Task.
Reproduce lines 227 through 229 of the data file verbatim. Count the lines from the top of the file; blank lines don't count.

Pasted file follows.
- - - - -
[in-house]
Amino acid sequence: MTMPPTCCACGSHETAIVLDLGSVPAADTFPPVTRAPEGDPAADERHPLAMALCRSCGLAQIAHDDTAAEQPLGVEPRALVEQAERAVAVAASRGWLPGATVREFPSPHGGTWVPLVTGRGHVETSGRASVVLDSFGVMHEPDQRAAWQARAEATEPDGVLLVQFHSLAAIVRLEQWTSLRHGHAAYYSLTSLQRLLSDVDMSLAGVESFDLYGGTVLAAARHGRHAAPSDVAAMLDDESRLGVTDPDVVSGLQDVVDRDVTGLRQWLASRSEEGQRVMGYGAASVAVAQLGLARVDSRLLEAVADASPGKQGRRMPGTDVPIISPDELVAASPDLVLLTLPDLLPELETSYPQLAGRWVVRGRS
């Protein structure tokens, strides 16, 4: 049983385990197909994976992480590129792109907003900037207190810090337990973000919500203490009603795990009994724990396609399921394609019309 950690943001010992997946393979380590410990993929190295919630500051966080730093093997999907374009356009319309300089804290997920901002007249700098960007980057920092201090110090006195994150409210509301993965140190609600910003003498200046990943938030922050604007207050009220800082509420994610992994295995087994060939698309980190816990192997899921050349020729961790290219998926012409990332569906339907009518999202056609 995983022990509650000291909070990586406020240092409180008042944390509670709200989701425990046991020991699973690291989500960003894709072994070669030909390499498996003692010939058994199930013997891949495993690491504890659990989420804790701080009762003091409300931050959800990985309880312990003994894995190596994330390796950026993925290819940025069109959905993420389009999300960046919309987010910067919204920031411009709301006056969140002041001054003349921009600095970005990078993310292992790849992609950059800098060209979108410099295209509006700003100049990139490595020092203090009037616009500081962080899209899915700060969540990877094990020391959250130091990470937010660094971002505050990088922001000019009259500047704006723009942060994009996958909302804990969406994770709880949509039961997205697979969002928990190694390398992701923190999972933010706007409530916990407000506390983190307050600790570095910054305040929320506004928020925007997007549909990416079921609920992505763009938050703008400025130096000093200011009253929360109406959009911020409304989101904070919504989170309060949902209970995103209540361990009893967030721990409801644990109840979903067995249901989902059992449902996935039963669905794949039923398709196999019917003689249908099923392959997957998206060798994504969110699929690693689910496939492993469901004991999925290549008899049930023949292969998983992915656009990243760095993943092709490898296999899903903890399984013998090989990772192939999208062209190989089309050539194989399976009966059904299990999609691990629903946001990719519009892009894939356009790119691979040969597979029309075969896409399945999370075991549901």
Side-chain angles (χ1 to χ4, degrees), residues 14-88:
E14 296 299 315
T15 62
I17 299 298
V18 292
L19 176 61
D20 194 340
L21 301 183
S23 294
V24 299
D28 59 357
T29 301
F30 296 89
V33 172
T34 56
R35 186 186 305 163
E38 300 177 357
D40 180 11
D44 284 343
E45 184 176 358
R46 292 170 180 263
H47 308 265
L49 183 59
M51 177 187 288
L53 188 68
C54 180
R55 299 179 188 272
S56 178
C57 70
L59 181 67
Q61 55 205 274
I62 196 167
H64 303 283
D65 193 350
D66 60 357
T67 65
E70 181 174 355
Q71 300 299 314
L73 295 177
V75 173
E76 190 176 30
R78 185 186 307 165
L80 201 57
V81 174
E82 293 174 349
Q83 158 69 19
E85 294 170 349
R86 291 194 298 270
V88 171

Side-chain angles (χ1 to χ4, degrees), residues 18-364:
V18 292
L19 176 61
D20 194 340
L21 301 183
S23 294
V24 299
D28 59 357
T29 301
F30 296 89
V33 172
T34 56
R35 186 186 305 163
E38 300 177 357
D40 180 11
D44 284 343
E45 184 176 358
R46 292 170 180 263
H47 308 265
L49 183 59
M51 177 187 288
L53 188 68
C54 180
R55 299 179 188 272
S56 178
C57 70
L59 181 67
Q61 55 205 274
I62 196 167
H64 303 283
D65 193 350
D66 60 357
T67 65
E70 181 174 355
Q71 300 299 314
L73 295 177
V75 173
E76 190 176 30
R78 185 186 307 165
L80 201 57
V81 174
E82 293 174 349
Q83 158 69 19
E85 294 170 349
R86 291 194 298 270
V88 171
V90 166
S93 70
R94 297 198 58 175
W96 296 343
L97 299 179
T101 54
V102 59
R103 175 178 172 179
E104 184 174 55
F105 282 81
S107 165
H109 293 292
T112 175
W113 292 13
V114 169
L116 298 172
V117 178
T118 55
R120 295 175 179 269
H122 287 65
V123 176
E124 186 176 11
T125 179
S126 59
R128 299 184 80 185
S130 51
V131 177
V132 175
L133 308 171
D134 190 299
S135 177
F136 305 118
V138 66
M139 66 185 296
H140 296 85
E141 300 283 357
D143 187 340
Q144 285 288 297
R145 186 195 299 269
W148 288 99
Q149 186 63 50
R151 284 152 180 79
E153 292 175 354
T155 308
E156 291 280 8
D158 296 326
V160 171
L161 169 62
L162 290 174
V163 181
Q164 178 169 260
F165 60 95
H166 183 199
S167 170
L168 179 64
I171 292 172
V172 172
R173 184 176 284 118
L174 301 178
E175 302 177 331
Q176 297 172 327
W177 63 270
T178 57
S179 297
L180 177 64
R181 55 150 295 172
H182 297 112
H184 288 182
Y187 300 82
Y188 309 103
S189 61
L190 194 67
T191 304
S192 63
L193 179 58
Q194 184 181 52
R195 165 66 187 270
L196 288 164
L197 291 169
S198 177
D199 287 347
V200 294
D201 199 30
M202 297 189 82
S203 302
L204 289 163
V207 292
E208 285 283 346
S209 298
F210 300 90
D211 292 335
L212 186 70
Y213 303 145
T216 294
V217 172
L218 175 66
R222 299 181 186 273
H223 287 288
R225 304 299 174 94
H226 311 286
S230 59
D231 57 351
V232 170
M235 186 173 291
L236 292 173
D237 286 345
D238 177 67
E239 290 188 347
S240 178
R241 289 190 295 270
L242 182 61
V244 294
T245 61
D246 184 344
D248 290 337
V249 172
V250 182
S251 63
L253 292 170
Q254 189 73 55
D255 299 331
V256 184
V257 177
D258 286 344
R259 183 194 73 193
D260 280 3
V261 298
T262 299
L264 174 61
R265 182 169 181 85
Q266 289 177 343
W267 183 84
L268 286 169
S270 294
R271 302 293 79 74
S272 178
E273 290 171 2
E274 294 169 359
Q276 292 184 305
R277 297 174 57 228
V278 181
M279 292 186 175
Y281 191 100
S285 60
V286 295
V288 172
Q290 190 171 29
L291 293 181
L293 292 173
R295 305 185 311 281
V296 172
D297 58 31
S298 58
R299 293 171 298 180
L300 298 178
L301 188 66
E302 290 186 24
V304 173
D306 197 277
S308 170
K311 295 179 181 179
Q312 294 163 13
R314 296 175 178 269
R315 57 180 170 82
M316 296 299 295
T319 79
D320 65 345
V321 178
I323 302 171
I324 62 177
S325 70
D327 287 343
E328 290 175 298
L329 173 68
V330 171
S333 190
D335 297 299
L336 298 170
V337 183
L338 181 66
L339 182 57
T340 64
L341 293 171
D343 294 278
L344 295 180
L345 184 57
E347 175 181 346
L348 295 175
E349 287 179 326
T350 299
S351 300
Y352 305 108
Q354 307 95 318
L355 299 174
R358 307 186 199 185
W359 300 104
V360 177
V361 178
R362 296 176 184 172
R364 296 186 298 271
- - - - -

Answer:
L264 174 61
R265 182 169 181 85
Q266 289 177 343